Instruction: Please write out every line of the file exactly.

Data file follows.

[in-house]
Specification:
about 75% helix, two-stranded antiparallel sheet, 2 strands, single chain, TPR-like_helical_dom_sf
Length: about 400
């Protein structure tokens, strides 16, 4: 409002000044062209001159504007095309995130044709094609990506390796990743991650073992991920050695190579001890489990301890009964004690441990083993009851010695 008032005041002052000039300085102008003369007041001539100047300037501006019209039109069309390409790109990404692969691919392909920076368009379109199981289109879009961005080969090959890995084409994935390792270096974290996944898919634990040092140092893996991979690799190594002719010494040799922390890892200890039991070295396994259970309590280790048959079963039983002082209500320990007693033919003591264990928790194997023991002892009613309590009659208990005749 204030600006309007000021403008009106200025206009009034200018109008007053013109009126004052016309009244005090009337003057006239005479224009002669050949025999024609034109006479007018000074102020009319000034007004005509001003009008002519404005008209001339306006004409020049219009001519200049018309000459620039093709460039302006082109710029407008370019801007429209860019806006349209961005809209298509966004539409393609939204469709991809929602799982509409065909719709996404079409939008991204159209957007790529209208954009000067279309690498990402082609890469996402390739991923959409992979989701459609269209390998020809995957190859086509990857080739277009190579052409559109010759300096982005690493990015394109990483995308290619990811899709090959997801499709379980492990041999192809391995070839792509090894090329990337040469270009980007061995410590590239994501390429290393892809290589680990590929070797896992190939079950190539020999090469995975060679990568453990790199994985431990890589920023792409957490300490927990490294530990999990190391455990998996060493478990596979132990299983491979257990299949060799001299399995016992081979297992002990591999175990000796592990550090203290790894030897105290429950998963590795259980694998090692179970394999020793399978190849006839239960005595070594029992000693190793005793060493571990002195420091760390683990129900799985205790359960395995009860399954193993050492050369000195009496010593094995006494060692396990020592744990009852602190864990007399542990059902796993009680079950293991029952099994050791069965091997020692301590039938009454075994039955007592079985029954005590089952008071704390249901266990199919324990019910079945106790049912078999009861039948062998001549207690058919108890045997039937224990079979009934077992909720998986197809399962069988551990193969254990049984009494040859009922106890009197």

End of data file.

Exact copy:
[in-house]
Specification:
about 75% helix, two-stranded antiparallel sheet, 2 strands, single chain, TPR-like_helical_dom_sf
Length: about 400
């Protein structure tokens, strides 16, 4: 409002000044062209001159504007095309995130044709094609990506390796990743991650073992991920050695190579001890489990301890009964004690441990083993009851010695 008032005041002052000039300085102008003369007041001539100047300037501006019209039109069309390409790109990404692969691919392909920076368009379109199981289109879009961005080969090959890995084409994935390792270096974290996944898919634990040092140092893996991979690799190594002719010494040799922390890892200890039991070295396994259970309590280790048959079963039983002082209500320990007693033919003591264990928790194997023991002892009613309590009659208990005749 204030600006309007000021403008009106200025206009009034200018109008007053013109009126004052016309009244005090009337003057006239005479224009002669050949025999024609034109006479007018000074102020009319000034007004005509001003009008002519404005008209001339306006004409020049219009001519200049018309000459620039093709460039302006082109710029407008370019801007429209860019806006349209961005809209298509966004539409393609939204469709991809929602799982509409065909719709996404079409939008991204159209957007790529209208954009000067279309690498990402082609890469996402390739991923959409992979989701459609269209390998020809995957190859086509990857080739277009190579052409559109010759300096982005690493990015394109990483995308290619990811899709090959997801499709379980492990041999192809391995070839792509090894090329990337040469270009980007061995410590590239994501390429290393892809290589680990590929070797896992190939079950190539020999090469995975060679990568453990790199994985431990890589920023792409957490300490927990490294530990999990190391455990998996060493478990596979132990299983491979257990299949060799001299399995016992081979297992002990591999175990000796592990550090203290790894030897105290429950998963590795259980694998090692179970394999020793399978190849006839239960005595070594029992000693190793005793060493571990002195420091760390683990129900799985205790359960395995009860399954193993050492050369000195009496010593094995006494060692396990020592744990009852602190864990007399542990059902796993009680079950293991029952099994050791069965091997020692301590039938009454075994039955007592079985029954005590089952008071704390249901266990199919324990019910079945106790049912078999009861039948062998001549207690058919108890045997039937224990079979009934077992909720998986197809399962069988551990193969254990049984009494040859009922106890009197």